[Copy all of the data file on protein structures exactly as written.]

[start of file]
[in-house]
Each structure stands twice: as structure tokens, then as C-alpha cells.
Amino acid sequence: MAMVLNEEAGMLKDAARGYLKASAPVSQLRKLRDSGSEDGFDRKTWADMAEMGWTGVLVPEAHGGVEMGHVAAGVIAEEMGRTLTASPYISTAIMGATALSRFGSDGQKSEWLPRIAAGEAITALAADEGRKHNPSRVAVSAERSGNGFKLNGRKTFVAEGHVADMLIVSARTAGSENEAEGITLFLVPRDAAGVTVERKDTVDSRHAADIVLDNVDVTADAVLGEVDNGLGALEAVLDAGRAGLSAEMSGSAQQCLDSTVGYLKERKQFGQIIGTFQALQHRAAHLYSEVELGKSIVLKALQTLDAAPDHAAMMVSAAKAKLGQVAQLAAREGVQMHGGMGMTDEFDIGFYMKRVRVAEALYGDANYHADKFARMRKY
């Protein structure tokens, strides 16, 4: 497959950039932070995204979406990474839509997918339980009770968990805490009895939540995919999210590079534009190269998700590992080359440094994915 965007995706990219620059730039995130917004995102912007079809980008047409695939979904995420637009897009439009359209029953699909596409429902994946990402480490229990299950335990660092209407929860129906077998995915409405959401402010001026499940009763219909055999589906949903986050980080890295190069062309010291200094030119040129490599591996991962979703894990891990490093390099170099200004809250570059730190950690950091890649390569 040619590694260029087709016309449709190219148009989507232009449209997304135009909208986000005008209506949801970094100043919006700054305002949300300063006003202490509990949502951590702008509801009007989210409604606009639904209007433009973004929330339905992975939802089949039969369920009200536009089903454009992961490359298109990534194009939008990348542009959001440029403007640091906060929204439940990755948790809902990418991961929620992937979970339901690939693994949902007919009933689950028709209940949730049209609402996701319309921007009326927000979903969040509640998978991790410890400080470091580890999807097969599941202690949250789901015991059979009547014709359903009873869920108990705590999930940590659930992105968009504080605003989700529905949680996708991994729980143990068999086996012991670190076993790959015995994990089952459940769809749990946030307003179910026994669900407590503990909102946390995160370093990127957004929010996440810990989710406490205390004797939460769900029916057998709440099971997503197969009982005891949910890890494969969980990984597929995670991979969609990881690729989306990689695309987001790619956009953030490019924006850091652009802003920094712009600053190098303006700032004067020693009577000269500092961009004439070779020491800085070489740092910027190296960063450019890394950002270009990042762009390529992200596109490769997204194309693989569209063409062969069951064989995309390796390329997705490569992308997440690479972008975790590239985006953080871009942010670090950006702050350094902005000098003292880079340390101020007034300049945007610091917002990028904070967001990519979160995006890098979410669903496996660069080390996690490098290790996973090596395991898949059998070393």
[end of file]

[in-house]
Each structure stands twice: as structure tokens, then as C-alpha cells.
Amino acid sequence: MAMVLNEEAGMLKDAARGYLKASAPVSQLRKLRDSGSEDGFDRKTWADMAEMGWTGVLVPEAHGGVEMGHVAAGVIAEEMGRTLTASPYISTAIMGATALSRFGSDGQKSEWLPRIAAGEAITALAADEGRKHNPSRVAVSAERSGNGFKLNGRKTFVAEGHVADMLIVSARTAGSENEAEGITLFLVPRDAAGVTVERKDTVDSRHAADIVLDNVDVTADAVLGEVDNGLGALEAVLDAGRAGLSAEMSGSAQQCLDSTVGYLKERKQFGQIIGTFQALQHRAAHLYSEVELGKSIVLKALQTLDAAPDHAAMMVSAAKAKLGQVAQLAAREGVQMHGGMGMTDEFDIGFYMKRVRVAEALYGDANYHADKFARMRKY
């Protein structure tokens, strides 16, 4: 497959950039932070995204979406990474839509997918339980009770968990805490009895939540995919999210590079534009190269998700590992080359440094994915 965007995706990219620059730039995130917004995102912007079809980008047409695939979904995420637009897009439009359209029953699909596409429902994946990402480490229990299950335990660092209407929860129906077998995915409405959401402010001026499940009763219909055999589906949903986050980080890295190069062309010291200094030119040129490599591996991962979703894990891990490093390099170099200004809250570059730190950690950091890649390569 040619590694260029087709016309449709190219148009989507232009449209997304135009909208986000005008209506949801970094100043919006700054305002949300300063006003202490509990949502951590702008509801009007989210409604606009639904209007433009973004929330339905992975939802089949039969369920009200536009089903454009992961490359298109990534194009939008990348542009959001440029403007640091906060929204439940990755948790809902990418991961929620992937979970339901690939693994949902007919009933689950028709209940949730049209609402996701319309921007009326927000979903969040509640998978991790410890400080470091580890999807097969599941202690949250789901015991059979009547014709359903009873869920108990705590999930940590659930992105968009504080605003989700529905949680996708991994729980143990068999086996012991670190076993790959015995994990089952459940769809749990946030307003179910026994669900407590503990909102946390995160370093990127957004929010996440810990989710406490205390004797939460769900029916057998709440099971997503197969009982005891949910890890494969969980990984597929995670991979969609990881690729989306990689695309987001790619956009953030490019924006850091652009802003920094712009600053190098303006700032004067020693009577000269500092961009004439070779020491800085070489740092910027190296960063450019890394950002270009990042762009390529992200596109490769997204194309693989569209063409062969069951064989995309390796390329997705490569992308997440690479972008975790590239985006953080871009942010670090950006702050350094902005000098003292880079340390101020007034300049945007610091917002990028904070967001990519979160995006890098979410669903496996660069080390996690490098290790996973090596395991898949059998070393």